Archive | International Media Resource Articles

Australian coal miners hope election will see new govt cut red tape – by Sonali Paul (Reuters India – September 4, 2013)

MELBOURNE – (Reuters) – You know you’re in trouble when you’re ranked worse for red tape than India. The World Economic Forum this week put Australia 129th out of 148 countries, ranking it 25 spots lower than India, in terms of the burden of government regulation.

And Australia’s red tape is hurting growth in its key mining sector at a time when other sectors are struggling to fire up to fill the gap left by a fading mining investment boom.

Australian miners sitting on coal lodes that could produce 100 million tonnes a year say they are frustrated by layers of state and national approvals that take years to secure, anti-coal campaigners using the courts to delay projects, and carbon and mining taxes eating into potential returns.

“Green tape in Australia really has become very stifling for business, to the point now where it’s difficult to tell the difference between green and red tape, it’s so embedded,” said Whitehaven Coal Chief Executive Paul Flynn, referring to lengthy environmental reviews by state and federal agencies. Continue Reading →

Rio to BHP Invest $244 Billion as Glasenberg Warns: Commodities – by Elisabeth Behrmann & Jesse Riseborough (Bloomberg News – September 4, 2013)

The biggest mining companies are set to spend about $244 billion on expansions to 2015, slow to heed Glencore Xstrata Plc Chief Executive Officer Ivan Glasenberg’s call for austerity to end an oversupply in mineral markets.

That’s just a 2.4 percent drop from the $250 billion in capital expenditures made in the previous three-year period, according to forecasts compiled by Bloomberg for the 20 largest mining companies by market value. Glasenberg joined a chorus of investors pushing for spending cuts after the companies had to make $60 billion of writedowns over 18 months.

From BHP Billiton Ltd. (BHP), the world’s biggest, to Rio Tinto Group, industry members are telling investors they’ve become more optimistic for demand growth in the U.S. and China, the biggest minerals buyer, and that future capex will be more disciplined. The Bloomberg World Mining index has jumped about 16 percent from a four-year low in July.

“Institutional shareholders still feel that management need to prove to them that over the long term the discipline associated with capital allocation is there,” Catherine Raw, co-manager of BlackRock Inc. (BLK)’s $7 billion World Mining Fund, said yesterday in a phone interview from London. “They could always do more. Shareholders are not releasing the pressure.” Continue Reading →

COLUMN-China PMI may not signal rising commodity demand – by Clyde Russell (Reuters India – September 3, 2013)

(The author is a Reuters columnist. The opinions expressed are his own.)

(Reuters) – Commodity producers and traders have no doubt been cheered by the recent recovery in China’s key manufacturing sector, but the boost may be more to sentiment than actual demand.

This is because there is a fairly weak correlation between movements in China’s official Purchasing Managers’ Index (PMI) and imports of key commodities such as crude oil, iron ore and copper. There is a far better correlation between China’s imports and the price of these commodities.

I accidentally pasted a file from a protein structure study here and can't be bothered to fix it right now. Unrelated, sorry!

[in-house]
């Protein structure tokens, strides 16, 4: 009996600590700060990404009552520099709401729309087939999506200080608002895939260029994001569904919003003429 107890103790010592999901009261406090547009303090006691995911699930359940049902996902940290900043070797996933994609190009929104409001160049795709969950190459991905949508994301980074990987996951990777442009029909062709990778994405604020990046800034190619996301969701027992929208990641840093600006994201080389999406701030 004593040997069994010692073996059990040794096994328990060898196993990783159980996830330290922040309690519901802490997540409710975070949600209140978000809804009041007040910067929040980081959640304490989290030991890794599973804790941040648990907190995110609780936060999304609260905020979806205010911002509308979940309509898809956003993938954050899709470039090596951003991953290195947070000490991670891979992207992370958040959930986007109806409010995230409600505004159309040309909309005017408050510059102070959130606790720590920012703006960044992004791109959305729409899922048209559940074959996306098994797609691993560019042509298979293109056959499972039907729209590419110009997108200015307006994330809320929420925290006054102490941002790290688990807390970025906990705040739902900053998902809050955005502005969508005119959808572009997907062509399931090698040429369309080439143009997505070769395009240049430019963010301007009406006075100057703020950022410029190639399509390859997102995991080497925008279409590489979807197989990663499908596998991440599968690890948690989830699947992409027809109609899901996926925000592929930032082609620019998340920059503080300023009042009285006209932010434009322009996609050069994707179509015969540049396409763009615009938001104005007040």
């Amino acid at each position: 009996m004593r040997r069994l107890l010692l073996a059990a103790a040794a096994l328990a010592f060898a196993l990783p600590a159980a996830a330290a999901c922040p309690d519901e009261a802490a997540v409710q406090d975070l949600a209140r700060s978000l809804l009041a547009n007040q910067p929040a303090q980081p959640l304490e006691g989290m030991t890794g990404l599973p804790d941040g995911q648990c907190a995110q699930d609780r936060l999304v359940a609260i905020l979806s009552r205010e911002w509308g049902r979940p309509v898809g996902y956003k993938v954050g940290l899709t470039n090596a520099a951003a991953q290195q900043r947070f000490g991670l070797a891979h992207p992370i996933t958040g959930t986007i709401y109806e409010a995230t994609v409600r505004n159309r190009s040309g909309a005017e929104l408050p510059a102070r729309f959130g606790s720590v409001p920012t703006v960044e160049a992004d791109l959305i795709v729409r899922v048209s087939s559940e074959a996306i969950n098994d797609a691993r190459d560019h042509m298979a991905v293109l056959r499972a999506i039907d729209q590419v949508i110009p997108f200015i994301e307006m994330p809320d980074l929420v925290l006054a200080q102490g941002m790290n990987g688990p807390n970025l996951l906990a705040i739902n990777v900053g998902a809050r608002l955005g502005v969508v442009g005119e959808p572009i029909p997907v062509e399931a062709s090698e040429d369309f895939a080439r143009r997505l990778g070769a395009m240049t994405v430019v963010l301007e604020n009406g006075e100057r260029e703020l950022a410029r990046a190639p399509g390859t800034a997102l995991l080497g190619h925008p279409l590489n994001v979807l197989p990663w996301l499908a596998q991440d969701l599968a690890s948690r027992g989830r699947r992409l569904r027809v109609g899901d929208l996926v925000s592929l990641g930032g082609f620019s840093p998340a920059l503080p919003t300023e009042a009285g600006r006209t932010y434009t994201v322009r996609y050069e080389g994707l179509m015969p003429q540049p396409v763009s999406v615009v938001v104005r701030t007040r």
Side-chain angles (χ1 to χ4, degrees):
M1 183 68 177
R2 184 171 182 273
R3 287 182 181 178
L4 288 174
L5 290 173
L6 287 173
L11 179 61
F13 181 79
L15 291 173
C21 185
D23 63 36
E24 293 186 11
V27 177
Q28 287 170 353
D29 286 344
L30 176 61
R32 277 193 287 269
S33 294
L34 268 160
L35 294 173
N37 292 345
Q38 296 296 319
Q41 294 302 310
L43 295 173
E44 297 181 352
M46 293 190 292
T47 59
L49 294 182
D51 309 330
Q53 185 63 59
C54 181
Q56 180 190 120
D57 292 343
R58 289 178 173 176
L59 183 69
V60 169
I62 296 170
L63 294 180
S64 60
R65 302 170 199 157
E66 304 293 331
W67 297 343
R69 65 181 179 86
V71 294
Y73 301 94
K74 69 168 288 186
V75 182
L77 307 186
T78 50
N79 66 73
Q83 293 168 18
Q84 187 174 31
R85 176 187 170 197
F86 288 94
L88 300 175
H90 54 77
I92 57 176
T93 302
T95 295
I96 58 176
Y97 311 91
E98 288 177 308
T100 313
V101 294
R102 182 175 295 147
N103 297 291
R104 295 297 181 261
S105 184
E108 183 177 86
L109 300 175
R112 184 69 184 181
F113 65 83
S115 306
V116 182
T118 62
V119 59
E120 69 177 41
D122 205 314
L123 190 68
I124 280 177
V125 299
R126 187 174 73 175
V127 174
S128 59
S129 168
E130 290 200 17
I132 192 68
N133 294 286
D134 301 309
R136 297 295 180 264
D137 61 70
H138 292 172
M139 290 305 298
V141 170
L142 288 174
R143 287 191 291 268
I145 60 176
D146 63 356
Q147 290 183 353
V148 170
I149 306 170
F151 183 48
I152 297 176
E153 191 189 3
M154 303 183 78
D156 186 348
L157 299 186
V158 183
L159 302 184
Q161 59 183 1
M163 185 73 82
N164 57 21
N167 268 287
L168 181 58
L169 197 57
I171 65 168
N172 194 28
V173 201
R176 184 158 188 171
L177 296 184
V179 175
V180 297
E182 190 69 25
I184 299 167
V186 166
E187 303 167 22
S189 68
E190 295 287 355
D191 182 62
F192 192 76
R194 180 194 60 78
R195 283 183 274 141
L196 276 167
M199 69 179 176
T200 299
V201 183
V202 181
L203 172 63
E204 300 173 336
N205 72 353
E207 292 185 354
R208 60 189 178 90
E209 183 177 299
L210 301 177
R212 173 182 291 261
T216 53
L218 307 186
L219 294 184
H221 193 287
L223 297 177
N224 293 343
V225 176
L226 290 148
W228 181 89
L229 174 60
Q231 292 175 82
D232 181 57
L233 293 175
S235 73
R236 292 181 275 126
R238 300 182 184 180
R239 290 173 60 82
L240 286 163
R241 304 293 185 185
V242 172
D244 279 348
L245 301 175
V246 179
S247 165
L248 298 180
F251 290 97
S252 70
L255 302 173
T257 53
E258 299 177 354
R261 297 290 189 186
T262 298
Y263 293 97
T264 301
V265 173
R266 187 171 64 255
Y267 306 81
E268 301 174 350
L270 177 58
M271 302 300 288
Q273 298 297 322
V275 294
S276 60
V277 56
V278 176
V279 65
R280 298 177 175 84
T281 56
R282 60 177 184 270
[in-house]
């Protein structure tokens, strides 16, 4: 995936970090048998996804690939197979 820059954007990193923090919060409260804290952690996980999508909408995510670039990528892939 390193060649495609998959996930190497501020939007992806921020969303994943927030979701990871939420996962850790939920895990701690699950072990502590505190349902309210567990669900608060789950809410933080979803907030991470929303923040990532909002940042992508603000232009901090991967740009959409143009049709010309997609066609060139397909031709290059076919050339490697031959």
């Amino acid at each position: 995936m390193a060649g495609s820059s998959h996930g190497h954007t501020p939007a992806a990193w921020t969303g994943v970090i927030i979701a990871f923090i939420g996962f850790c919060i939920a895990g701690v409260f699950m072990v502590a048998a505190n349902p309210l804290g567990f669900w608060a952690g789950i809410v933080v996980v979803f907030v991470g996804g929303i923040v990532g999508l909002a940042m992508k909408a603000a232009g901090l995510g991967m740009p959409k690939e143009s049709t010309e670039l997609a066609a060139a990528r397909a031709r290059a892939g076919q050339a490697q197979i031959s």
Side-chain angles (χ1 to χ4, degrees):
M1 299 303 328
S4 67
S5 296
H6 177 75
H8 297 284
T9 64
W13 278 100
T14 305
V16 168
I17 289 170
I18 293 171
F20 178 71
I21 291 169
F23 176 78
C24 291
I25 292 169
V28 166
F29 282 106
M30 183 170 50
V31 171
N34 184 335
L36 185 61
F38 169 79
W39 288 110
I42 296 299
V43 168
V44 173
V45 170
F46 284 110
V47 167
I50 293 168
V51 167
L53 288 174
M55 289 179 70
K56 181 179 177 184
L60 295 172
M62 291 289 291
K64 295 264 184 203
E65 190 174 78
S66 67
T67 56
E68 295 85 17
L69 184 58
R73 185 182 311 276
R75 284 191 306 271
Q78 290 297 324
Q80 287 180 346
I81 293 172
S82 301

This suggests that while stronger, or weaker, industrial growth helps set the direction for imports, the actual size of the movement in imports is more related to price.

The official PMI rose to a 16-month high of 51.0 in August, beating market expectations for a reading of 50.6, with the breakdown showing better conditions across the factory sector, including the key export orders category. Continue Reading →

Anglo American Platinum to Eliminate Thousands of Jobs in South Africa – by Abayomi Azikiwe (Global Research – September 02, 2013)

Downsizing comes amid rising strikes by workers

South African workers are continuing their struggle against the bosses with strike actions spreading from the mines, automobile plants, air transport technology stations to construction sites. On September 3, thousands of members of the National Union of Metalworkers Union (NUMSA) were scheduled to march through Pretoria to the headquarters of the National Association of Automobile Manufacturers of South Africa to deliver a memorandum demanding that the trade group pressure car production firms to settle a strike that was in its third week.

In the most significant industry, platinum mining, the largest owner Anglo American Platinum (Amplats), has announced that up to 7,000 jobs could be eliminated in a restructuring program. The company had earlier threatened to fire twice as many workers but revised its plan to wipe out only 50 percent in the initial proposal.

These developments are taking place throughout the mining industry inside the country. Anglo American, which is also involved in other extractive markets such as gold, has reported a 10 percent decline in value since the beginning of 2013. Amplats produces 40 percent of the platinum sales internationally. The most profitable region for the firm is located in Rustenberg where during 2012 police shot dead 34 miners at the Lonmin corporation facility at Marikana on August 16.

Continue Reading →

Mining opponents: You think you know Ely’s needs? – by Joe Baltich (Minneapolis Star Tribune – August 31, 2013)

Joe Baltich lives near Ely, Minn.

These days, everybody has a lot to say about mining, tourism and the northern Minnesota economy. Many from the Twin Cities area oppose an underground copper-mining proposal near Ely and have been trying to stop the project in its tracks.

One of their reasons for doing so is well-intended — they want to protect the Boundary Waters Canoe Area Wilderness. The second reason is more self-serving — they want to protect it for whenever the day comes that they decide to pay a visit.

I felt that it is time someone actually from Ely explained our reality. We want to protect the BWCA all the time, and we also want to be a viable, vibrant community. It is hard to do that with outside forces trying to stifle economic activity. I was recently asked by a Twin Cities resident to sign an anti-mining petition. Here is a condensed version of the letter I sent in reply:

The whole town of Ely is economically collapsing. Last year, 156 people were in the obituaries, and the New Year’s baby was born on Feb. 10. Resort bookings for May and June were substantially off, and I’m pretty sure they will be down for July and August. Continue Reading →